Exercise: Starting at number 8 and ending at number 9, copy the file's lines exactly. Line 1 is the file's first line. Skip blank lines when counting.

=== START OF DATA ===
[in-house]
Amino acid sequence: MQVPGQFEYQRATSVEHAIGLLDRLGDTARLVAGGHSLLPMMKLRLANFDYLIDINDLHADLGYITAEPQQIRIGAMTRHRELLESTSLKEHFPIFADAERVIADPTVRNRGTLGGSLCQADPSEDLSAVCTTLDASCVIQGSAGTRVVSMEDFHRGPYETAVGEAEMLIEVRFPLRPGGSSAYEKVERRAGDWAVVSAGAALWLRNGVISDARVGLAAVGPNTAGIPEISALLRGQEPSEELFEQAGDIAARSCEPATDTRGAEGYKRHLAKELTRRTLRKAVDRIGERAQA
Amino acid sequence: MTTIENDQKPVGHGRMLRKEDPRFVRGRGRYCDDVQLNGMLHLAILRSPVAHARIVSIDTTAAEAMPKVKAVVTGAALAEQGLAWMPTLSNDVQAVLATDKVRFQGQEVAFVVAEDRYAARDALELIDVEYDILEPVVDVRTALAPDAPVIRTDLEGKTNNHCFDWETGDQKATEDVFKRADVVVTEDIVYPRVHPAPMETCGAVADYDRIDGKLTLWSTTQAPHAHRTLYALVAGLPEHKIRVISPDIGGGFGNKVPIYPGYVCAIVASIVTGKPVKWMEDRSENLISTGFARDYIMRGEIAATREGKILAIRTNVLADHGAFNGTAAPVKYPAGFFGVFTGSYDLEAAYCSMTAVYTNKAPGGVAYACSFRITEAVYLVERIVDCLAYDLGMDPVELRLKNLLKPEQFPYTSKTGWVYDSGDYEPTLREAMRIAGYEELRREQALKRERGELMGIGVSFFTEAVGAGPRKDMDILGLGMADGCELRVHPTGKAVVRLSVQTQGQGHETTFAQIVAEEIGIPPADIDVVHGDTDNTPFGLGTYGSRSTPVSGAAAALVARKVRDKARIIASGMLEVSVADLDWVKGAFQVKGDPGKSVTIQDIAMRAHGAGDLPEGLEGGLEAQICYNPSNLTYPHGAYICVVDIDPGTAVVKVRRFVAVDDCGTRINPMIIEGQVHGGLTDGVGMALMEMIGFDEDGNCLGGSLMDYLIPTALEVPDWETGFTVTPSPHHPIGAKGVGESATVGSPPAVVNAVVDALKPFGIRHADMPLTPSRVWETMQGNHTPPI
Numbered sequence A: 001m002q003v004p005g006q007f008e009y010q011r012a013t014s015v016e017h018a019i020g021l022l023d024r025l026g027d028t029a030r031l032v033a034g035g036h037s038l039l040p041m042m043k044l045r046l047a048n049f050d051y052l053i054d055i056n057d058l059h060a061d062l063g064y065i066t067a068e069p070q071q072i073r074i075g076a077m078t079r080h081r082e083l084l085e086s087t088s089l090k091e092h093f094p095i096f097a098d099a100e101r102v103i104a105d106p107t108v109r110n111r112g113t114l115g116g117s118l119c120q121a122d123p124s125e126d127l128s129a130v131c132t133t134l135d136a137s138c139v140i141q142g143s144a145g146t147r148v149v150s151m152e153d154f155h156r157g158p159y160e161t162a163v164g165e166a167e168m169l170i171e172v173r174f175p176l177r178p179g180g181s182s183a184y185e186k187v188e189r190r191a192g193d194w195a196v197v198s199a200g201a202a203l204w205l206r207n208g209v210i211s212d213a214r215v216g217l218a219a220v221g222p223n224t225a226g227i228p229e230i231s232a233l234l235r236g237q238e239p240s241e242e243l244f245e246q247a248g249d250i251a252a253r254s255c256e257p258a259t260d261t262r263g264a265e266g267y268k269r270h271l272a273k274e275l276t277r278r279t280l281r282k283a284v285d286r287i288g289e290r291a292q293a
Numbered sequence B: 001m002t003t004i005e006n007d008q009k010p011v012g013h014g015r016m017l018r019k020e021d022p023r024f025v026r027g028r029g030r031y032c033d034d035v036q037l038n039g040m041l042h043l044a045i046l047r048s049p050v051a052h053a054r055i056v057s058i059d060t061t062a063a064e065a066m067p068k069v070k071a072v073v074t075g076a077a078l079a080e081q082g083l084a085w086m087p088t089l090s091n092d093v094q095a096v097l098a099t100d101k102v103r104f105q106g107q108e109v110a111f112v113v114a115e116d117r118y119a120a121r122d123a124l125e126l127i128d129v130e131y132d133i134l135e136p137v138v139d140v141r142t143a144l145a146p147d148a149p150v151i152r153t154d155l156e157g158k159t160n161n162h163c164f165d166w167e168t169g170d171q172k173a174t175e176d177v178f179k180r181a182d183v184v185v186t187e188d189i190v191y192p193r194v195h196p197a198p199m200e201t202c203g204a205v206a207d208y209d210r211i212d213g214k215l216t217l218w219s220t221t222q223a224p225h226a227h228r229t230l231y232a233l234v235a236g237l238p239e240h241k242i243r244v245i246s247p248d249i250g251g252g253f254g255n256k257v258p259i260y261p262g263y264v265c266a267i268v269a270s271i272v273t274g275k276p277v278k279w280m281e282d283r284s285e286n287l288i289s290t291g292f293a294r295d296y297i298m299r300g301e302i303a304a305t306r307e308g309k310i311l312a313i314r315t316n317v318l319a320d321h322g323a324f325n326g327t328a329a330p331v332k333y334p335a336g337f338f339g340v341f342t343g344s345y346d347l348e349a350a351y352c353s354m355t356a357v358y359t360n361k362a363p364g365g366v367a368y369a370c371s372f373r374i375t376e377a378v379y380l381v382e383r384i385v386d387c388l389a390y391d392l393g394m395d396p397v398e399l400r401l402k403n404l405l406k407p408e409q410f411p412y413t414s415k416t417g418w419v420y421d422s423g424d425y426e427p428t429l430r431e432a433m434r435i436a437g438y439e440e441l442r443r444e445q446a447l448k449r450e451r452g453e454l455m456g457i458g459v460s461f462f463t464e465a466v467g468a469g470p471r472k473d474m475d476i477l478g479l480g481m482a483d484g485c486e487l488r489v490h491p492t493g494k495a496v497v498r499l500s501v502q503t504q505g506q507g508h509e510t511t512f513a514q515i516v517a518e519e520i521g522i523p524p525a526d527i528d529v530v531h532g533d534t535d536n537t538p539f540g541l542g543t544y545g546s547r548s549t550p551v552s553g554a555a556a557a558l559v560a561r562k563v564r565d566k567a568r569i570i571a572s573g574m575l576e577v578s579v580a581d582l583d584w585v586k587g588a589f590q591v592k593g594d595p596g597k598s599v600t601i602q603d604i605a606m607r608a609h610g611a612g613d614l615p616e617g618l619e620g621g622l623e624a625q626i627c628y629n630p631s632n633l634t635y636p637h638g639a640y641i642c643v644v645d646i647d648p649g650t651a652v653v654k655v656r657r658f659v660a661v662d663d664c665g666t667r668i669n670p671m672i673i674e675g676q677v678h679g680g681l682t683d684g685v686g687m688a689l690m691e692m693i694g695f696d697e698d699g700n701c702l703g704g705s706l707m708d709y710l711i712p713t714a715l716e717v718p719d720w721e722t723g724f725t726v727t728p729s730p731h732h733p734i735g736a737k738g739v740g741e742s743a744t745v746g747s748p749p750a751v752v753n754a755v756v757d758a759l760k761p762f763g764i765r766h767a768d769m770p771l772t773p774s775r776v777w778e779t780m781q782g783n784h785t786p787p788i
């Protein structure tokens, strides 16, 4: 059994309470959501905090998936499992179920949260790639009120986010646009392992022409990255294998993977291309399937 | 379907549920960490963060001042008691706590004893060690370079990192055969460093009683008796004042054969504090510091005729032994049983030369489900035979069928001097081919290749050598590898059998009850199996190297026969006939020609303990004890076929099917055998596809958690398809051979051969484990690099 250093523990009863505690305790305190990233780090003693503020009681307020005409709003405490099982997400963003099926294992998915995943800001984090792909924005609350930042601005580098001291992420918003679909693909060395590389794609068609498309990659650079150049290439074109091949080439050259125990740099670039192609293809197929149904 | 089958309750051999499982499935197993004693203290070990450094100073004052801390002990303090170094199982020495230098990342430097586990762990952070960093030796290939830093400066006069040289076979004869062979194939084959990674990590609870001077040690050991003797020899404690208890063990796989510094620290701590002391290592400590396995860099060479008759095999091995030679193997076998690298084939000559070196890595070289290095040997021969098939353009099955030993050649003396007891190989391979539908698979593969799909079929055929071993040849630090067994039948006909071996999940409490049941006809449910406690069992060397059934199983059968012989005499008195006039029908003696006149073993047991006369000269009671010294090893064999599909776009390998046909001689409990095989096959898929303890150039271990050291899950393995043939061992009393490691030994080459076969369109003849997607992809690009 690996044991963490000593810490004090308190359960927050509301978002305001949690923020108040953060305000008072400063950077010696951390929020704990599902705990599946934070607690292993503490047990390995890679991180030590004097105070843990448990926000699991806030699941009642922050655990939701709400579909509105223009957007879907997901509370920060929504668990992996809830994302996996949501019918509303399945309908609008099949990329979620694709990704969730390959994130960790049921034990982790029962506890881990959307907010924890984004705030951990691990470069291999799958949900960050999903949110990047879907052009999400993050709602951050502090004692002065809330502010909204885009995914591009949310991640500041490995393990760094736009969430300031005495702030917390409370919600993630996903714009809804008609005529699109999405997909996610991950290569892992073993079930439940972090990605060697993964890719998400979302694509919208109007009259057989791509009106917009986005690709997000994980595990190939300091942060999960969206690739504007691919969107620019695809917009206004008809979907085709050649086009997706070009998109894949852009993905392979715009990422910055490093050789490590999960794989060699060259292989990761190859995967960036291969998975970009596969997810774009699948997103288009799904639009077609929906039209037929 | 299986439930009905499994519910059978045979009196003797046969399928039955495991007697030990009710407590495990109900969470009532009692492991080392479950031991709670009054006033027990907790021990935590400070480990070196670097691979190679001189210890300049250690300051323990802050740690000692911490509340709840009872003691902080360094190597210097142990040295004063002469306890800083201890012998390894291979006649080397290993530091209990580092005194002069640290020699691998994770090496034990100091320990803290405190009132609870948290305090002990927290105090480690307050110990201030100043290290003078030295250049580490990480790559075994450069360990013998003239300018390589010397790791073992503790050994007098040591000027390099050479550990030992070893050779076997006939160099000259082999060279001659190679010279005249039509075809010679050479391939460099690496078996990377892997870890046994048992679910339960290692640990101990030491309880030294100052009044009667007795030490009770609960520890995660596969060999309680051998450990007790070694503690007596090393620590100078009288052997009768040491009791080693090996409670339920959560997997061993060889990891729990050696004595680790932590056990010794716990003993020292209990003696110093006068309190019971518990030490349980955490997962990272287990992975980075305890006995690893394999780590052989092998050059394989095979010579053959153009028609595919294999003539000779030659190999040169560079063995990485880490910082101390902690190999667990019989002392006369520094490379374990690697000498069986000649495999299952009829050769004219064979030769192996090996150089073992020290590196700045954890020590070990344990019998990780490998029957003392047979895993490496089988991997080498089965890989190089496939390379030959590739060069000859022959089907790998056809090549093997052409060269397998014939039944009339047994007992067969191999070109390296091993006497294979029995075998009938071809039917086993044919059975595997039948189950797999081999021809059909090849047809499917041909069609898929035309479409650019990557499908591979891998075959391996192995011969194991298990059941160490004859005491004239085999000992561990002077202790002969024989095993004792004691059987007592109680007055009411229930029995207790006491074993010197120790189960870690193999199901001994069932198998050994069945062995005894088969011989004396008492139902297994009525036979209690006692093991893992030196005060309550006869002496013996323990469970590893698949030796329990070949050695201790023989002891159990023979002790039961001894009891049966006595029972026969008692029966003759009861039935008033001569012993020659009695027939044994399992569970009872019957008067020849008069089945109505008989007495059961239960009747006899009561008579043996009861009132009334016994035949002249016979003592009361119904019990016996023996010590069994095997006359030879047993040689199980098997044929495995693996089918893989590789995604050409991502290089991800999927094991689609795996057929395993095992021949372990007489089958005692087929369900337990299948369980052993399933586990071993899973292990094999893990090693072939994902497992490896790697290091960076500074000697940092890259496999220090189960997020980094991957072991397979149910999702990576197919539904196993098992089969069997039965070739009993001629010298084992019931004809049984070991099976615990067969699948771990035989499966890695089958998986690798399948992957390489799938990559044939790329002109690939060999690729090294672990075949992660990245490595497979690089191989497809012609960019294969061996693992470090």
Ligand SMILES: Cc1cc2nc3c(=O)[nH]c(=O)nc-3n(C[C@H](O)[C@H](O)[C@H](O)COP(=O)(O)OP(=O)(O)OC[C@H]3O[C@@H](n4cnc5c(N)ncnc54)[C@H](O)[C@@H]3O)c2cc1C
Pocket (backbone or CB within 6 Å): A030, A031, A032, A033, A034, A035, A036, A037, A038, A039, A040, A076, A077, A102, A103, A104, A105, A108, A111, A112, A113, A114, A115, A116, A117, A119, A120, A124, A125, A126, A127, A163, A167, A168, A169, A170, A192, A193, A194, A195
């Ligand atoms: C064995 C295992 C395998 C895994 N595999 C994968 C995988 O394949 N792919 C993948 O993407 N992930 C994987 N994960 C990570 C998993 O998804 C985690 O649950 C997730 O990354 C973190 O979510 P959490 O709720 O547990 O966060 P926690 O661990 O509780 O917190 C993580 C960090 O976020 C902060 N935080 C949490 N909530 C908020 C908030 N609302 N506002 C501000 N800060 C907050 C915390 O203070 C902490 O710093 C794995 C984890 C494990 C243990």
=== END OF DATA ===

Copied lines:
Pocket (backbone or CB within 6 Å): A030, A031, A032, A033, A034, A035, A036, A037, A038, A039, A040, A076, A077, A102, A103, A104, A105, A108, A111, A112, A113, A114, A115, A116, A117, A119, A120, A124, A125, A126, A127, A163, A167, A168, A169, A170, A192, A193, A194, A195
């Ligand atoms: C064995 C295992 C395998 C895994 N595999 C994968 C995988 O394949 N792919 C993948 O993407 N992930 C994987 N994960 C990570 C998993 O998804 C985690 O649950 C997730 O990354 C973190 O979510 P959490 O709720 O547990 O966060 P926690 O661990 O509780 O917190 C993580 C960090 O976020 C902060 N935080 C949490 N909530 C908020 C908030 N609302 N506002 C501000 N800060 C907050 C915390 O203070 C902490 O710093 C794995 C984890 C494990 C243990």